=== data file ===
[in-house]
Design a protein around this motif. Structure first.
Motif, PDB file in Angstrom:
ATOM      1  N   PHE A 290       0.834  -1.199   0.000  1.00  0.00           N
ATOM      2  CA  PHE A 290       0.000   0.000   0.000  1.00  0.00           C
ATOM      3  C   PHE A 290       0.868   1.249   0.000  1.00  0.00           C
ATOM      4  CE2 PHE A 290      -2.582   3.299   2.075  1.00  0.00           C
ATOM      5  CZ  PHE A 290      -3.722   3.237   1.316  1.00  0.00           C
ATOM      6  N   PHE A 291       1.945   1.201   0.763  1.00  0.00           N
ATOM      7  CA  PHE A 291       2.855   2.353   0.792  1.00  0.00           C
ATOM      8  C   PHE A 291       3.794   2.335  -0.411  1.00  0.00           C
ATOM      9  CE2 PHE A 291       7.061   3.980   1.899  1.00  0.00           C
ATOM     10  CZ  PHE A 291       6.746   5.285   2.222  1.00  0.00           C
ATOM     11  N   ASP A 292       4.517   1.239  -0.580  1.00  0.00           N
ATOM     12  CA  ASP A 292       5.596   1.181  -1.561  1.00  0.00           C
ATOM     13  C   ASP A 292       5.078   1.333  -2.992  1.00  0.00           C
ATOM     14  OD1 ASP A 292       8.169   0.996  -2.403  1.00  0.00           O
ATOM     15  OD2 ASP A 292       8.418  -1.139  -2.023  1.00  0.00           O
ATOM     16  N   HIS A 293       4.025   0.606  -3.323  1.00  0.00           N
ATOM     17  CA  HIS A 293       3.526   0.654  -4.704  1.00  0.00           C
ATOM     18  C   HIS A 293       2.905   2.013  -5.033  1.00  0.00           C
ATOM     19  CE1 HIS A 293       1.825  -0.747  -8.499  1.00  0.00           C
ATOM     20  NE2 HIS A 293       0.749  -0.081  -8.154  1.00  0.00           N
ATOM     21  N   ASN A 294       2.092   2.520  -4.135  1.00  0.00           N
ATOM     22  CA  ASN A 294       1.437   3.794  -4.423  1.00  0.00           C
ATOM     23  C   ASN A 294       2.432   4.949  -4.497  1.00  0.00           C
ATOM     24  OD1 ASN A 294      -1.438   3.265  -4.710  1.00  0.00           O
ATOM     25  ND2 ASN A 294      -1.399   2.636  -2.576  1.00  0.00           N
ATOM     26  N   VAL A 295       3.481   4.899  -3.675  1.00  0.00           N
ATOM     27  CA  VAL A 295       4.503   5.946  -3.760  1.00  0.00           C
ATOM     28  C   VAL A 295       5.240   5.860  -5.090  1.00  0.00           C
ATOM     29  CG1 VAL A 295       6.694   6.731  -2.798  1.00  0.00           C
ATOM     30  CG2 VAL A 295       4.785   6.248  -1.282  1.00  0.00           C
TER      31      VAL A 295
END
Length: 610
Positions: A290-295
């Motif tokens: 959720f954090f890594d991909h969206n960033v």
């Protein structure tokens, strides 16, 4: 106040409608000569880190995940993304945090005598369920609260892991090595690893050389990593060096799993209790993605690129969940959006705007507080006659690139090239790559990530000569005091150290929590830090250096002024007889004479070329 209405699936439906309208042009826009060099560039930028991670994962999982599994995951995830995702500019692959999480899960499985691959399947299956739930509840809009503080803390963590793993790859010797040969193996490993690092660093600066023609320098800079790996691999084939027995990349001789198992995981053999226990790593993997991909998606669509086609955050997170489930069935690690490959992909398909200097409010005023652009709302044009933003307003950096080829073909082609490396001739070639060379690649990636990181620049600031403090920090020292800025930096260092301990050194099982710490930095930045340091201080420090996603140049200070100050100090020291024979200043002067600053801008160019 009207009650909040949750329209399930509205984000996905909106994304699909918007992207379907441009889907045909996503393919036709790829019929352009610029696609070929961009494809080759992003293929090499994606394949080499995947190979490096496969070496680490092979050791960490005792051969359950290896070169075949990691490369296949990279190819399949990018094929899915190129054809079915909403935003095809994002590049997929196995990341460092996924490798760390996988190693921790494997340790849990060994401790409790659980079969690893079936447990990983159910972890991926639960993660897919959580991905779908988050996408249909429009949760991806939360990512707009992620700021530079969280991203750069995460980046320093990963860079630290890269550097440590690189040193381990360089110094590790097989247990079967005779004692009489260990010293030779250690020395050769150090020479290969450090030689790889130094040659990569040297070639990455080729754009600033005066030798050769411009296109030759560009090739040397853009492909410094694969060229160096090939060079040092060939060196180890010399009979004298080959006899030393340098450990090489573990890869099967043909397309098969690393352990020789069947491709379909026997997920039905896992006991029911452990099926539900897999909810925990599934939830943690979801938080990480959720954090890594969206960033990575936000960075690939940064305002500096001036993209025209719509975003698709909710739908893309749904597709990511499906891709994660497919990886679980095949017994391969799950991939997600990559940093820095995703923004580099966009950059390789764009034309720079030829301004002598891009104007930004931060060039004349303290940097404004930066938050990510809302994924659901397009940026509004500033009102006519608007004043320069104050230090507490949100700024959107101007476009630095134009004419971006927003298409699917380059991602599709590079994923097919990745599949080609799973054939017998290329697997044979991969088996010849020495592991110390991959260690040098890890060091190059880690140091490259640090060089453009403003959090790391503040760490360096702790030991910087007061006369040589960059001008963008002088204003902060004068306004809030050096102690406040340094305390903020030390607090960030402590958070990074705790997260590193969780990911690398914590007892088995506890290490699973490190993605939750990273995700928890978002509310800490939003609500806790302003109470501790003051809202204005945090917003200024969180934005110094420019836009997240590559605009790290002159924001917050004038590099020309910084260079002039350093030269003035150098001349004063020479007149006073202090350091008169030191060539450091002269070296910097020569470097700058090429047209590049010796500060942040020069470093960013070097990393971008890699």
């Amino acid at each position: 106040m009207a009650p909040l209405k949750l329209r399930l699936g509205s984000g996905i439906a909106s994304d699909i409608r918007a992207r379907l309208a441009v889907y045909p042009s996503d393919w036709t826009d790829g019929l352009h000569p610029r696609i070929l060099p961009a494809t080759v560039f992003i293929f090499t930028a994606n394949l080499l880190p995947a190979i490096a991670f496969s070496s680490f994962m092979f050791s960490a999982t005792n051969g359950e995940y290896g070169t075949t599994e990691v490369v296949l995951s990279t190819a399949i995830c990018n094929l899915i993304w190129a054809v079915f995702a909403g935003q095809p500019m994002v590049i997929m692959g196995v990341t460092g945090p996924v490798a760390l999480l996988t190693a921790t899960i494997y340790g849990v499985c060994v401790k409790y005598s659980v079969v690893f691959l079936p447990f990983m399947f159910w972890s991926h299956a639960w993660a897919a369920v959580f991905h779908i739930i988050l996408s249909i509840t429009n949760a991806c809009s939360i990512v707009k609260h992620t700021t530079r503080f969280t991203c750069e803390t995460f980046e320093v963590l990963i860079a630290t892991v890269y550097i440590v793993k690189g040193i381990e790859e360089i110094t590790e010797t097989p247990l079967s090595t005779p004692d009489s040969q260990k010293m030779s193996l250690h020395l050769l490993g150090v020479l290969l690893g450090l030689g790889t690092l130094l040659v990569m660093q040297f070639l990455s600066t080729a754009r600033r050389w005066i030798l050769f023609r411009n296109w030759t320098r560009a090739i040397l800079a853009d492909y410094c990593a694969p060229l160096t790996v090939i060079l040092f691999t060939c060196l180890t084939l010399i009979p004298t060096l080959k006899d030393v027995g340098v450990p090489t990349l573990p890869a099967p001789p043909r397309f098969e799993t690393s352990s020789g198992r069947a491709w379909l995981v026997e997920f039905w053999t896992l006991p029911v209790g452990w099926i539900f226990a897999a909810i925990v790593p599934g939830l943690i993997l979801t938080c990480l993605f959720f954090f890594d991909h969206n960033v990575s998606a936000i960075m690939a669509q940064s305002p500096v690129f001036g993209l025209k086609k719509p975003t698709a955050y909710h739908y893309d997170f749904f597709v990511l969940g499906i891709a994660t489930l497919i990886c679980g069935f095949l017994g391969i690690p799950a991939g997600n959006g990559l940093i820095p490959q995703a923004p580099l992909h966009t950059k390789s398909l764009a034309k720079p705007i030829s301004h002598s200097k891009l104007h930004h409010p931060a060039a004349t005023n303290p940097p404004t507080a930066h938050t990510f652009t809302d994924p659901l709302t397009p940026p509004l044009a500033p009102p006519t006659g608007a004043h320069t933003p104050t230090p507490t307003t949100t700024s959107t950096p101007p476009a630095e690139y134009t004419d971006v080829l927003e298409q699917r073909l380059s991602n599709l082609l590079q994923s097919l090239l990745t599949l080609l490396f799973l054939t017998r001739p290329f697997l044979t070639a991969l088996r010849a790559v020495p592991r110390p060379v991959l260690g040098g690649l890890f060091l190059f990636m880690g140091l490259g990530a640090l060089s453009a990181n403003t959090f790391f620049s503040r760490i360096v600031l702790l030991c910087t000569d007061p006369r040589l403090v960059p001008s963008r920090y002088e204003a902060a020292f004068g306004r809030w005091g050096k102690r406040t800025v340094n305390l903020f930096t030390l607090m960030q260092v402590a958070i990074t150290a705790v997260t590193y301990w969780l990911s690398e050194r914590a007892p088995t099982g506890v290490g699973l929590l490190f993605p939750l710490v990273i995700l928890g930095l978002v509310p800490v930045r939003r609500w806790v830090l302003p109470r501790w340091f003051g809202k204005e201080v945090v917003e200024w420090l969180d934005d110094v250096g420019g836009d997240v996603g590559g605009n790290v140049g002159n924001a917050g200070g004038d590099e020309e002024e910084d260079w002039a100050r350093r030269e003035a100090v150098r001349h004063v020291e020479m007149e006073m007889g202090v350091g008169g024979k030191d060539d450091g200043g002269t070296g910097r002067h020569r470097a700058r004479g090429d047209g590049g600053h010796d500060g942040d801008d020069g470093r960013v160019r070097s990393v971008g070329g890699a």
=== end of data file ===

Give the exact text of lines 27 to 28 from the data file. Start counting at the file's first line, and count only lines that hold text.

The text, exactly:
ATOM     24  OD1 ASN A 294      -1.438   3.265  -4.710  1.00  0.00           O
ATOM     25  ND2 ASN A 294      -1.399   2.636  -2.576  1.00  0.00           N